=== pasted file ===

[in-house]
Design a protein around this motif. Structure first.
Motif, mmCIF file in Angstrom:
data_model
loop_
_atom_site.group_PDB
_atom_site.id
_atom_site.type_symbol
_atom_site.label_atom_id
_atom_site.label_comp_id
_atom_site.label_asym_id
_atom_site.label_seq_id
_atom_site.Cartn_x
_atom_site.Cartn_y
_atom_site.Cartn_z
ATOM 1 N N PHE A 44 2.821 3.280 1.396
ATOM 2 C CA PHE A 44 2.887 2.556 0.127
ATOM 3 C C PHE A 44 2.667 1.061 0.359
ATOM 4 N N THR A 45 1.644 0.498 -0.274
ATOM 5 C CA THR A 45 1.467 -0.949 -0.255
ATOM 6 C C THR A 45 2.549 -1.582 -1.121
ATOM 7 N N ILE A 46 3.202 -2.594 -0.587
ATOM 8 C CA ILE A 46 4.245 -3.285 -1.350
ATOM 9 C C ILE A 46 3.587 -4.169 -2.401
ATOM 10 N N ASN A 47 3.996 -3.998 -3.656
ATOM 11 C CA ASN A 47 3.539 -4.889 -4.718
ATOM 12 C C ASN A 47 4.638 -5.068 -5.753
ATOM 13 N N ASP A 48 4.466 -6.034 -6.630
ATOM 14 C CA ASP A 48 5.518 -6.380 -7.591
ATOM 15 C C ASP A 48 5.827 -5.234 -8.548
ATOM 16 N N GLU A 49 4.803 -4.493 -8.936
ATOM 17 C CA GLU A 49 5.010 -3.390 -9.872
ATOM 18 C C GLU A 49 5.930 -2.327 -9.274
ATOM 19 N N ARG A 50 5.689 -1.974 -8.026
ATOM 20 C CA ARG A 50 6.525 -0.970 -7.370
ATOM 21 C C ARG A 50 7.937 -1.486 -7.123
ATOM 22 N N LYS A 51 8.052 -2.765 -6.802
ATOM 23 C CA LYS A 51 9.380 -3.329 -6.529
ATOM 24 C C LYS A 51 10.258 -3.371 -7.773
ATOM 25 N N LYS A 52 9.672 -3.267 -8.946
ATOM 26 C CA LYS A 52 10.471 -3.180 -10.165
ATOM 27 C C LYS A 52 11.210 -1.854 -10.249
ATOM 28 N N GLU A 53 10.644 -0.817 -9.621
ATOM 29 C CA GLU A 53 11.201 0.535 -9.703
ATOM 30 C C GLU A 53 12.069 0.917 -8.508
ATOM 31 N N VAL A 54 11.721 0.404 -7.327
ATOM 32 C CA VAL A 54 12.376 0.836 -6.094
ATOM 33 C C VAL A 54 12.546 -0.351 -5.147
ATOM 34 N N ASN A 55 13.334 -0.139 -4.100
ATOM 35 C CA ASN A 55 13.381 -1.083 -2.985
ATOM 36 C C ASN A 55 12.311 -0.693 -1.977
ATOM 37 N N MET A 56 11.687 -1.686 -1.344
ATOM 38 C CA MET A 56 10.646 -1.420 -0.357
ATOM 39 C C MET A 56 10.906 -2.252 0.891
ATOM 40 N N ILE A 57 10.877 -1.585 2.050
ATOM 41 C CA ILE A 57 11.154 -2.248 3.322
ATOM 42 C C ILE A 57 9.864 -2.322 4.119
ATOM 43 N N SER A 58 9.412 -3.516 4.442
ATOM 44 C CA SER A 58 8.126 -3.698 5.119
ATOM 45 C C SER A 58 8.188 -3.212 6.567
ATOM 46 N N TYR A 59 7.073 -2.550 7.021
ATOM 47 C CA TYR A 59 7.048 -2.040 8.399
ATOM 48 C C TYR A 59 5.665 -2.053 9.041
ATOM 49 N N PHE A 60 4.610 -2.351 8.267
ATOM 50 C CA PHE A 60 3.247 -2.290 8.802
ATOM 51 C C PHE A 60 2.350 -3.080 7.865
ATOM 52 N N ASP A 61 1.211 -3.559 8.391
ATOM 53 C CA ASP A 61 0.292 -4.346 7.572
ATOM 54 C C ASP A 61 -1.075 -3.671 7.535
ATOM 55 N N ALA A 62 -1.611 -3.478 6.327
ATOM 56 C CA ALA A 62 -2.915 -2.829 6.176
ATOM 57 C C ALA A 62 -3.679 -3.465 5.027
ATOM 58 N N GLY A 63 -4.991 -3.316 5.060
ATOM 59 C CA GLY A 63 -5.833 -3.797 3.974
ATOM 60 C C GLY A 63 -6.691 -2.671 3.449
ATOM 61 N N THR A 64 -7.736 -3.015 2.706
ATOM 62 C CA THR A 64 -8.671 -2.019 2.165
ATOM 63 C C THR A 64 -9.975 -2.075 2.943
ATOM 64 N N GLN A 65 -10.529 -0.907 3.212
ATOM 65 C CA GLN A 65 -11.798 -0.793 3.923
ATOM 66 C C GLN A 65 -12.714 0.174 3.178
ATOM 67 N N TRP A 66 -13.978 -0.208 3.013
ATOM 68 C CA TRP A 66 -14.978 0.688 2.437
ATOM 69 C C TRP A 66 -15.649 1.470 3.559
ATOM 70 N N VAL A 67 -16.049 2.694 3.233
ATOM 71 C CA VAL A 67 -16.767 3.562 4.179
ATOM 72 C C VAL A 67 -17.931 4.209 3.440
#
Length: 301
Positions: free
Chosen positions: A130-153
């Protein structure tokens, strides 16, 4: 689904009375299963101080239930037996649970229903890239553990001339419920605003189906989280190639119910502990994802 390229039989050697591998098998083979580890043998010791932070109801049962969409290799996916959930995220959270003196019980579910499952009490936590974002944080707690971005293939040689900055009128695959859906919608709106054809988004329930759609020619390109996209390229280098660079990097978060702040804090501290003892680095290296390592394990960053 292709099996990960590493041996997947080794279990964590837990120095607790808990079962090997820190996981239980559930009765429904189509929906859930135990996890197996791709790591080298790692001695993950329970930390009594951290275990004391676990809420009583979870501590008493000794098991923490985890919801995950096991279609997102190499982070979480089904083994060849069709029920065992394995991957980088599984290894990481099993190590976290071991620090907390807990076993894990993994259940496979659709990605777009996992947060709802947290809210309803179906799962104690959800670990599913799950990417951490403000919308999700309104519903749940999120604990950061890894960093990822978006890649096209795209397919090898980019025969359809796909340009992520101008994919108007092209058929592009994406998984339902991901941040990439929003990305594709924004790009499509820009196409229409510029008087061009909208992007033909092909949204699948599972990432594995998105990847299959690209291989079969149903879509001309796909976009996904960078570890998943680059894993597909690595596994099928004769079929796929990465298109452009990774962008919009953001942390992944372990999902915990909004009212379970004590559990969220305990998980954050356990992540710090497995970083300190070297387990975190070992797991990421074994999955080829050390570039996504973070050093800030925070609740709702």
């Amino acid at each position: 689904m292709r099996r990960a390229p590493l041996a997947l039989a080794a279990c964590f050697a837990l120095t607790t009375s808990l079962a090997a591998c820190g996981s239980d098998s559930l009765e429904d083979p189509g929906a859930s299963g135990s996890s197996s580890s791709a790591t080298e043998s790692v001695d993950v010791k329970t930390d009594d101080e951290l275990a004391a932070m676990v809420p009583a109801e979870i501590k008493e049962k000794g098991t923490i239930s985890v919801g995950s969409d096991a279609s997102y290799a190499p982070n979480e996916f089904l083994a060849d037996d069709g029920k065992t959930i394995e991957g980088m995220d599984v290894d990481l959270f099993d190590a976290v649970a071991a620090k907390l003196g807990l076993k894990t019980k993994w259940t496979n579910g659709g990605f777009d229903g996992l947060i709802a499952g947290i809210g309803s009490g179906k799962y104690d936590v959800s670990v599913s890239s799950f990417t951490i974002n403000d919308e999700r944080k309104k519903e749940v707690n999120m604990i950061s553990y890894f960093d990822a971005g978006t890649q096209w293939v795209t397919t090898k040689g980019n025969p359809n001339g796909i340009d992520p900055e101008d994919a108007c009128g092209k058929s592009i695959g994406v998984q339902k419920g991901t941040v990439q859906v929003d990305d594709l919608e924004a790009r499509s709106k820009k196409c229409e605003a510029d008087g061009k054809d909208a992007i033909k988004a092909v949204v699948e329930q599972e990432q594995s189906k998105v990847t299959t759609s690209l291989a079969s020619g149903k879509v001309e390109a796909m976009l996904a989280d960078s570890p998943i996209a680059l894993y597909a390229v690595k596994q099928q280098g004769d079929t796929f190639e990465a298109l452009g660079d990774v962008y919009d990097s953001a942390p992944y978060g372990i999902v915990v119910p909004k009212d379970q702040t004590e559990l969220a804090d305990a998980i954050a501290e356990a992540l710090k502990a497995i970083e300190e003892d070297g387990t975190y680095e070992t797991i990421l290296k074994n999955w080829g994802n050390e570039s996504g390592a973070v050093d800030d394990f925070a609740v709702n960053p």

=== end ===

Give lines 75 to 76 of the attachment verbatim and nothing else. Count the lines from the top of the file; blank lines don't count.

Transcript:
ATOM 60 C C GLY A 63 -6.691 -2.671 3.449
ATOM 61 N N THR A 64 -7.736 -3.015 2.706